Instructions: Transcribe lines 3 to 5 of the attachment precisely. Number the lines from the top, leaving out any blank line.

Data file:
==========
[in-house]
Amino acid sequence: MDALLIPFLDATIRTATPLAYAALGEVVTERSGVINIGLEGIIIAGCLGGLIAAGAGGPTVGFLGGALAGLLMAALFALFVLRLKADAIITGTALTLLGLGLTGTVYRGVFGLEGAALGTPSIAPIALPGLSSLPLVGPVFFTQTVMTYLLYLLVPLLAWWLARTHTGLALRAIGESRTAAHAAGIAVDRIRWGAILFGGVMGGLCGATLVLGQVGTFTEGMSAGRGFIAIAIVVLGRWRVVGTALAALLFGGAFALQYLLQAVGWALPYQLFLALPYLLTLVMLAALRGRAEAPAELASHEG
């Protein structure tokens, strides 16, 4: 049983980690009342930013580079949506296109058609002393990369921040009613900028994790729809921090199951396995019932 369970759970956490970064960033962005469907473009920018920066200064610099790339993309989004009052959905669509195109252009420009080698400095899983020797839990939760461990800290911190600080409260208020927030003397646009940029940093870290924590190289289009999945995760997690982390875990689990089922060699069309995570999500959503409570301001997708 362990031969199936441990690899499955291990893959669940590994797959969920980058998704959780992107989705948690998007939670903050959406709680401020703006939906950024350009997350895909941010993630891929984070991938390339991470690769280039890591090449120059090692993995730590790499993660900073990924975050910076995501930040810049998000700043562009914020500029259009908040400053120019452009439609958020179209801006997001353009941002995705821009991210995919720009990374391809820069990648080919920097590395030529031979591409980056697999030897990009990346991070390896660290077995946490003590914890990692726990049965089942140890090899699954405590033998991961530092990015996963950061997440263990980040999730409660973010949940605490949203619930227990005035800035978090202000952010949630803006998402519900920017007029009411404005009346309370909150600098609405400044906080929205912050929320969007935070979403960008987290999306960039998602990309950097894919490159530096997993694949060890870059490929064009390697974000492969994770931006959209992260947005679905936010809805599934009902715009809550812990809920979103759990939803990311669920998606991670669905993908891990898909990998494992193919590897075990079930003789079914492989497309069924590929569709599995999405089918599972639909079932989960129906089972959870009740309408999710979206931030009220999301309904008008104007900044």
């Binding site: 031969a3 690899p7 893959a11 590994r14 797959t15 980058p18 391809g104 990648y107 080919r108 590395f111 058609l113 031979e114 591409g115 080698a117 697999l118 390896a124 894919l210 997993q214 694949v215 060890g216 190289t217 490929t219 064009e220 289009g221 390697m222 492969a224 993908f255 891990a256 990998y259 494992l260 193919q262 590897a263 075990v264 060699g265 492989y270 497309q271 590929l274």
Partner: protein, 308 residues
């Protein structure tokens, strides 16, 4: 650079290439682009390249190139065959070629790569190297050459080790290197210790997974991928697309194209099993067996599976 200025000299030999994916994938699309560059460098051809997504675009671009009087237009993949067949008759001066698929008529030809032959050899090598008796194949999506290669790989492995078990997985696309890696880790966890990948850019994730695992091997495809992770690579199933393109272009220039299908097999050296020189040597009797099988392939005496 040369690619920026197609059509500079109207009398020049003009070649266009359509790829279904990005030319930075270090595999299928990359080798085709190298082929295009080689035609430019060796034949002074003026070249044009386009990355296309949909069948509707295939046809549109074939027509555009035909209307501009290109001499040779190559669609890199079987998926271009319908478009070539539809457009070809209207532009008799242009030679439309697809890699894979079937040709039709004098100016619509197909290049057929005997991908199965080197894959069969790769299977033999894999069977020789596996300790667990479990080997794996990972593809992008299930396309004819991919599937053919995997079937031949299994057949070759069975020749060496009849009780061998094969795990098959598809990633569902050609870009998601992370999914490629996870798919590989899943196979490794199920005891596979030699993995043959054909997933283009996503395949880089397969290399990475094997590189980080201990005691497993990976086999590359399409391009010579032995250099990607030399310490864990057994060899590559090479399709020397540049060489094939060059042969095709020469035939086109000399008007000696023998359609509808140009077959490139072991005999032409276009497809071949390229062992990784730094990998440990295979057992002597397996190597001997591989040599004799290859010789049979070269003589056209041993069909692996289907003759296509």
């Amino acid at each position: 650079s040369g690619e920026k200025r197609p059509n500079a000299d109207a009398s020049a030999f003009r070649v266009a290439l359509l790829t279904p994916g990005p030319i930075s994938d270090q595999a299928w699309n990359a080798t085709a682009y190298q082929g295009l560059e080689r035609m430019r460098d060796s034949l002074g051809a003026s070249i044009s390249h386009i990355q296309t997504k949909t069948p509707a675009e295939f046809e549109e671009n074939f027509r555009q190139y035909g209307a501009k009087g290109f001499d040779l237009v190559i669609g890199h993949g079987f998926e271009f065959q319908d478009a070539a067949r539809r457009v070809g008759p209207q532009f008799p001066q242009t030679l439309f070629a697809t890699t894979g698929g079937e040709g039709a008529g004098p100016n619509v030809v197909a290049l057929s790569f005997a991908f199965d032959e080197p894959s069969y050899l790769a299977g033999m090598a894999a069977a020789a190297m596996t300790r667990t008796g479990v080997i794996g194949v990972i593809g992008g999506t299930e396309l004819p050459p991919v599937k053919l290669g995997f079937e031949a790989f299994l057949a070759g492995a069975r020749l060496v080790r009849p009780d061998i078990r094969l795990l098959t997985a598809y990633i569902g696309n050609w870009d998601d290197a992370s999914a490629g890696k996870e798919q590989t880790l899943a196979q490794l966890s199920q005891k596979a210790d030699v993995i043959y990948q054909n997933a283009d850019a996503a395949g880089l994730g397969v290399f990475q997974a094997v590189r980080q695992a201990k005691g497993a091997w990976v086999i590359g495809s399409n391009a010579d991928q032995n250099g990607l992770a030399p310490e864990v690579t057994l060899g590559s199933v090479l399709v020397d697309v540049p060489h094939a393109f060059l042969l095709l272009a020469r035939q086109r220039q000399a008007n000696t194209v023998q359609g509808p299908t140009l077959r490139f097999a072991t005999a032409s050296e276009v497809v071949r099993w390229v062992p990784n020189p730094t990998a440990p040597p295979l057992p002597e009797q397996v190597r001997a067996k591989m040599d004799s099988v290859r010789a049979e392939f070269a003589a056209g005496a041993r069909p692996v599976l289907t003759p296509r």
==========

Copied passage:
């Protein structure tokens, strides 16, 4: 049983980690009342930013580079949506296109058609002393990369921040009613900028994790729809921090199951396995019932 369970759970956490970064960033962005469907473009920018920066200064610099790339993309989004009052959905669509195109252009420009080698400095899983020797839990939760461990800290911190600080409260208020927030003397646009940029940093870290924590190289289009999945995760997690982390875990689990089922060699069309995570999500959503409570301001997708 362990031969199936441990690899499955291990893959669940590994797959969920980058998704959780992107989705948690998007939670903050959406709680401020703006939906950024350009997350895909941010993630891929984070991938390339991470690769280039890591090449120059090692993995730590790499993660900073990924975050910076995501930040810049998000700043562009914020500029259009908040400053120019452009439609958020179209801006997001353009941002995705821009991210995919720009990374391809820069990648080919920097590395030529031979591409980056697999030897990009990346991070390896660290077995946490003590914890990692726990049965089942140890090899699954405590033998991961530092990015996963950061997440263990980040999730409660973010949940605490949203619930227990005035800035978090202000952010949630803006998402519900920017007029009411404005009346309370909150600098609405400044906080929205912050929320969007935070979403960008987290999306960039998602990309950097894919490159530096997993694949060890870059490929064009390697974000492969994770931006959209992260947005679905936010809805599934009902715009809550812990809920979103759990939803990311669920998606991670669905993908891990898909990998494992193919590897075990079930003789079914492989497309069924590929569709599995999405089918599972639909079932989960129906089972959870009740309408999710979206931030009220999301309904008008104007900044």
């Binding site: 031969a3 690899p7 893959a11 590994r14 797959t15 980058p18 391809g104 990648y107 080919r108 590395f111 058609l113 031979e114 591409g115 080698a117 697999l118 390896a124 894919l210 997993q214 694949v215 060890g216 190289t217 490929t219 064009e220 289009g221 390697m222 492969a224 993908f255 891990a256 990998y259 494992l260 193919q262 590897a263 075990v264 060699g265 492989y270 497309q271 590929l274």
Partner: protein, 308 residues